New Skies Considers Options

By | September 10, 2003 | Feature

New Skies Satellites [NYSE: NSK] has completed its share buy back program, buying back over 13 million shares. The completion of the program was announced on Sept. 3.

Andrew Browne, CFO of New Skies, told Interspace that further share buy backs could be in the pipeline. “We do have authorisations to do up to two additional share repurchases after the cancellation of the first programme. I think the use of our balance sheet is a great strength and it provides us with the potential for additional programmes or other investment opportunities including participating in consolidation activity. However, we will wait for the right opportunities to come along prior to committing our balance sheet. I think there are many examples of companies who have used their financial resources in areas where they have not seen the returns they might have expected.”

A further share buy back could be implemented later this year. “We have now successfully completed our first buy back programme with repurchasing over 13 million shares representing an average price of $4.14 per share. Today we are trading at circa $5.7 per share, thus accruing value to our shareholders. Additionally, we have commenced the process of cancelling the shares, which takes a little over two months in the Netherlands and we will wait until the shares have been cancelled prior to making any decisions on commencement of a second programme.”

New Skies continues to have a healthy balance sheet. Its only committed capital is on the NSS-8 satellite. It has around $130 million left to pay on that satellite over the next 18 months, but the operator soon hopes to generate ever more positive amounts of positive cash flow. In the second quarter of 2003, New Skies generated over $26 million of positive free cash flow. But, it may not be until 2005 when this figure begins to ramp up significantly. “We expect to see positive cash flows this year in the ballpark of $20-$30 million. This compares with negative free cash flows of approximately $120 million last year.”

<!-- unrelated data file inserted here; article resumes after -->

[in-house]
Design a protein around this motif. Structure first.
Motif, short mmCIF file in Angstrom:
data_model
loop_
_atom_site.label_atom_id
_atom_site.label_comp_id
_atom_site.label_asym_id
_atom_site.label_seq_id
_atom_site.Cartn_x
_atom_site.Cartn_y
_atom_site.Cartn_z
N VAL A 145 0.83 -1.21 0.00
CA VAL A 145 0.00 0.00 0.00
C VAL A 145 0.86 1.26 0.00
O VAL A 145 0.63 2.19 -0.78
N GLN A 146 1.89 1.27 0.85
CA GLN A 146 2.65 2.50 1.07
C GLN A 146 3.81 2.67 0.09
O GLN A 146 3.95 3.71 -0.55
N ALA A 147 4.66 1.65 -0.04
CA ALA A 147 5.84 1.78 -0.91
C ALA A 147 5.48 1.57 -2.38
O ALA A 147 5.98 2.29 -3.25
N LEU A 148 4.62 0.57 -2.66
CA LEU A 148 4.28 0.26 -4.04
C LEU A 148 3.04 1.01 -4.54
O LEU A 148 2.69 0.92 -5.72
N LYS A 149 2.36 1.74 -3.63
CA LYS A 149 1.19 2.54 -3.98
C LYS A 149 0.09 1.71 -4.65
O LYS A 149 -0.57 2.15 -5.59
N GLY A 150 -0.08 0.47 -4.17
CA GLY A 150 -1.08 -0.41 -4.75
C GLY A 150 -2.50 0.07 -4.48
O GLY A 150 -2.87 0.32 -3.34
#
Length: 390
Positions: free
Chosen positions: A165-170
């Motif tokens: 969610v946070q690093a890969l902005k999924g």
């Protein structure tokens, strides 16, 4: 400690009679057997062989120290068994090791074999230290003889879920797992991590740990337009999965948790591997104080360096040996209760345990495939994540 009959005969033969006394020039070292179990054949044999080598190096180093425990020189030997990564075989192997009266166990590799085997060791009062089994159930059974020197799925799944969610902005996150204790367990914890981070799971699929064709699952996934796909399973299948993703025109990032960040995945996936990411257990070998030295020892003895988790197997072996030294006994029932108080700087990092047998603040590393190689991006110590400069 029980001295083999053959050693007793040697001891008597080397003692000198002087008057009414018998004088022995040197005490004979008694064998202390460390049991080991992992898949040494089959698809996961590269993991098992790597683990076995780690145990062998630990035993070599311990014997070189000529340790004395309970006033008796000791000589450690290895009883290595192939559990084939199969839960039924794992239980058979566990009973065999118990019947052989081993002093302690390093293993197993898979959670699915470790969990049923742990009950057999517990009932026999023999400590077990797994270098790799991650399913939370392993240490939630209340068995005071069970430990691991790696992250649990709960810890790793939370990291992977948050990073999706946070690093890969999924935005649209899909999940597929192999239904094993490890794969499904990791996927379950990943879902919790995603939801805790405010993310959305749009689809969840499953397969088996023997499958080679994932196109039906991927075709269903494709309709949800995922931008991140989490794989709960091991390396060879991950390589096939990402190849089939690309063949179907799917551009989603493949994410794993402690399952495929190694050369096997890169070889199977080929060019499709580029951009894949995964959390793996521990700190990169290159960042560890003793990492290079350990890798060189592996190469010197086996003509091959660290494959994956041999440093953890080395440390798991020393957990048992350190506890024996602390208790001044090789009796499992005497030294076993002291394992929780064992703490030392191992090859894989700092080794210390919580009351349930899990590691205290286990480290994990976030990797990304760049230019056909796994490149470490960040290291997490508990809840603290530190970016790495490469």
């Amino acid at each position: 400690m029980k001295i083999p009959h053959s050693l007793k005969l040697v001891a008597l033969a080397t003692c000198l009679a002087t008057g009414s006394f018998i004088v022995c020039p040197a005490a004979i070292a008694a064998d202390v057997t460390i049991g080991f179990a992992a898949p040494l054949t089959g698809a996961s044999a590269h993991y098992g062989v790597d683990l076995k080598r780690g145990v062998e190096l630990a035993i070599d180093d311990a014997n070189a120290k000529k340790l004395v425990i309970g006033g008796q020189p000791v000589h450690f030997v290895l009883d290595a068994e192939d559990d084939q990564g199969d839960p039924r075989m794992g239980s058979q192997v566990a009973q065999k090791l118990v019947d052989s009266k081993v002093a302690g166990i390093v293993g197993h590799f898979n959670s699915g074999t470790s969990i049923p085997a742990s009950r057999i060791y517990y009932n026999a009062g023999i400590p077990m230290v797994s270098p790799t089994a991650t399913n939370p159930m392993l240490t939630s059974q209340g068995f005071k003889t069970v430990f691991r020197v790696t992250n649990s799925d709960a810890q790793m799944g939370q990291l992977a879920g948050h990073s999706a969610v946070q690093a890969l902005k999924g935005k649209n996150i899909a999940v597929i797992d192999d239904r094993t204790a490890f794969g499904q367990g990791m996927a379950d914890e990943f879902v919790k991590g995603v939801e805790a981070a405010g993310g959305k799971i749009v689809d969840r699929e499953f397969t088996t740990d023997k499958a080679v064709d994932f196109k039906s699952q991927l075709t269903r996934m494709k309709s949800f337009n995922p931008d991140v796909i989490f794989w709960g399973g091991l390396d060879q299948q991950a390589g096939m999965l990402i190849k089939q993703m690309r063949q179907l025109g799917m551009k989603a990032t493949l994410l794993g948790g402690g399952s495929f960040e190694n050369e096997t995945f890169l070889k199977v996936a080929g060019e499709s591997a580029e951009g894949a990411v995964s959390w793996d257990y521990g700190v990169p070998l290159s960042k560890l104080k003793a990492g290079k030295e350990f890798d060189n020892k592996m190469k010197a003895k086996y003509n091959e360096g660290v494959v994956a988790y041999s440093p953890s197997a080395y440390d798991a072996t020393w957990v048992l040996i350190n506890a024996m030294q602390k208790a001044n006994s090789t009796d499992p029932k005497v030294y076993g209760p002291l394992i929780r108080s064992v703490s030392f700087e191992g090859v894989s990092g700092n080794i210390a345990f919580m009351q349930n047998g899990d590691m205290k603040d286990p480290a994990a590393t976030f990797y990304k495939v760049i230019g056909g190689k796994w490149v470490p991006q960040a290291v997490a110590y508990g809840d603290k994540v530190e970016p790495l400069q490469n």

He continued: “We have not given guidance beyond 2003 but notwithstanding we would still anticipate being free cash flow positive. Looking beyond that date, we would expect to see increasingly higher levels as we continue to increase our fill rates and if we have no additional investment programs beyond our current commitments.”

With its financial house in good order, the main challenge for the company will be to sell capacity on its new satellites, NSS-6 and NSS-7. Improving the fill rates remains the top priority for the company. Browne commented: “If you were to exclude our recent additions to the fleet of the NSS-6 and NSS-7 we would have a fill rate of approximately 70 per cent. I would note that this is up from a fill rate of 48 per cent when we commenced our initial operations and took over the current assets in late 1998. By including our new capacity we now have a fill rate of 50 per cent, which is up over last quarter. Our anticipation is to steadily grow that fill rate as we go forward. Our plan over time is to grow utilisation rates into the 70 per cent range where we would expect to see an accompanying growth in both our operating and bottom line margins.”

Despite the fact that New Skies is in good financial health, overall conditions for fixed-satellite service operators remain difficult. Most of the FSS operators are seeing flat growth in terms of revenue numbers. Browne is unsure when a recovery will take place, but hopes it could happen next year. “As we have said at the time of our analyst call and in our second quarter earnings release, overall markets for satellite capacity remain difficult at this time. Macroeconomic challenges continue in addition to some overcapacity in certain regions of the world. However, traditionally markets are cyclical, and it is our belief, as well as I think the belief of the FSS industry, that cycles will reverse themselves and we would expect to see an improvement in the demand supply equation alongside the return of economic growth. When this will take place I don’t know and it is hard to predict but it would be nice to see some improvement in the back half of 2004. Traditionally, we have seen somewhat of a lag in recovery in the satellite sector of that in the broader consumer economies.”

–Mark Holmes

(Contact: Jeff Bothwell, New Skies Satellites, e-mail: JBothwell@newskies.com)

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